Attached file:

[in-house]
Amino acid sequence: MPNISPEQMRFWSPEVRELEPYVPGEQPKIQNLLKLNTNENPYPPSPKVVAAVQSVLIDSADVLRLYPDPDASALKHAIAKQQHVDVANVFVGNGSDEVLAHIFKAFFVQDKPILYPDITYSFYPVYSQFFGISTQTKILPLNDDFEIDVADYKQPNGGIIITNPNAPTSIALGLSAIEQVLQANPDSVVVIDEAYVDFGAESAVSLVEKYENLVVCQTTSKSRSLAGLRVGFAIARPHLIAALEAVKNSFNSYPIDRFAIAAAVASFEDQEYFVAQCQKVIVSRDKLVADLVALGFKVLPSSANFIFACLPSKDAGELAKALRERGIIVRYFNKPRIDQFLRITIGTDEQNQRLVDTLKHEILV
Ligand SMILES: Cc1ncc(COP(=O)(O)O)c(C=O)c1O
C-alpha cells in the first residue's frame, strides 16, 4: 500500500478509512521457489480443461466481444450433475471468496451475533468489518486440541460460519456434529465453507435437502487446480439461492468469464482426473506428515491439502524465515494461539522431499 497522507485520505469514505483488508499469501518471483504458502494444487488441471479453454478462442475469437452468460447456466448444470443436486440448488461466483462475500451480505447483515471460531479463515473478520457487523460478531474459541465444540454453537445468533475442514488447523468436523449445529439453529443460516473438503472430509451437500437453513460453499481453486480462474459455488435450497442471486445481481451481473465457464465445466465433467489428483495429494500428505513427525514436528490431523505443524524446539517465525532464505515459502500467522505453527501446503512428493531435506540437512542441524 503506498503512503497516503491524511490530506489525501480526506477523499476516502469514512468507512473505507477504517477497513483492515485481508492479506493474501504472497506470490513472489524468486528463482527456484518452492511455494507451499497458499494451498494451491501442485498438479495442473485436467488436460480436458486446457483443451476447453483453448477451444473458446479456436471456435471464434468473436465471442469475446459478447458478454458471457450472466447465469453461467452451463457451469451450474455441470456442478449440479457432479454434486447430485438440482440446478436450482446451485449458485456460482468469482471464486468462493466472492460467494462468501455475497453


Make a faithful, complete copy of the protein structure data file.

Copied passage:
[in-house]
Amino acid sequence: MPNISPEQMRFWSPEVRELEPYVPGEQPKIQNLLKLNTNENPYPPSPKVVAAVQSVLIDSADVLRLYPDPDASALKHAIAKQQHVDVANVFVGNGSDEVLAHIFKAFFVQDKPILYPDITYSFYPVYSQFFGISTQTKILPLNDDFEIDVADYKQPNGGIIITNPNAPTSIALGLSAIEQVLQANPDSVVVIDEAYVDFGAESAVSLVEKYENLVVCQTTSKSRSLAGLRVGFAIARPHLIAALEAVKNSFNSYPIDRFAIAAAVASFEDQEYFVAQCQKVIVSRDKLVADLVALGFKVLPSSANFIFACLPSKDAGELAKALRERGIIVRYFNKPRIDQFLRITIGTDEQNQRLVDTLKHEILV
Ligand SMILES: Cc1ncc(COP(=O)(O)O)c(C=O)c1O
C-alpha cells in the first residue's frame, strides 16, 4: 500500500478509512521457489480443461466481444450433475471468496451475533468489518486440541460460519456434529465453507435437502487446480439461492468469464482426473506428515491439502524465515494461539522431499 497522507485520505469514505483488508499469501518471483504458502494444487488441471479453454478462442475469437452468460447456466448444470443436486440448488461466483462475500451480505447483515471460531479463515473478520457487523460478531474459541465444540454453537445468533475442514488447523468436523449445529439453529443460516473438503472430509451437500437453513460453499481453486480462474459455488435450497442471486445481481451481473465457464465445466465433467489428483495429494500428505513427525514436528490431523505443524524446539517465525532464505515459502500467522505453527501446503512428493531435506540437512542441524 503506498503512503497516503491524511490530506489525501480526506477523499476516502469514512468507512473505507477504517477497513483492515485481508492479506493474501504472497506470490513472489524468486528463482527456484518452492511455494507451499497458499494451498494451491501442485498438479495442473485436467488436460480436458486446457483443451476447453483453448477451444473458446479456436471456435471464434468473436465471442469475446459478447458478454458471457450472466447465469453461467452451463457451469451450474455441470456442478449440479457432479454434486447430485438440482440446478436450482446451485449458485456460482468469482471464486468462493466472492460467494462468501455475497453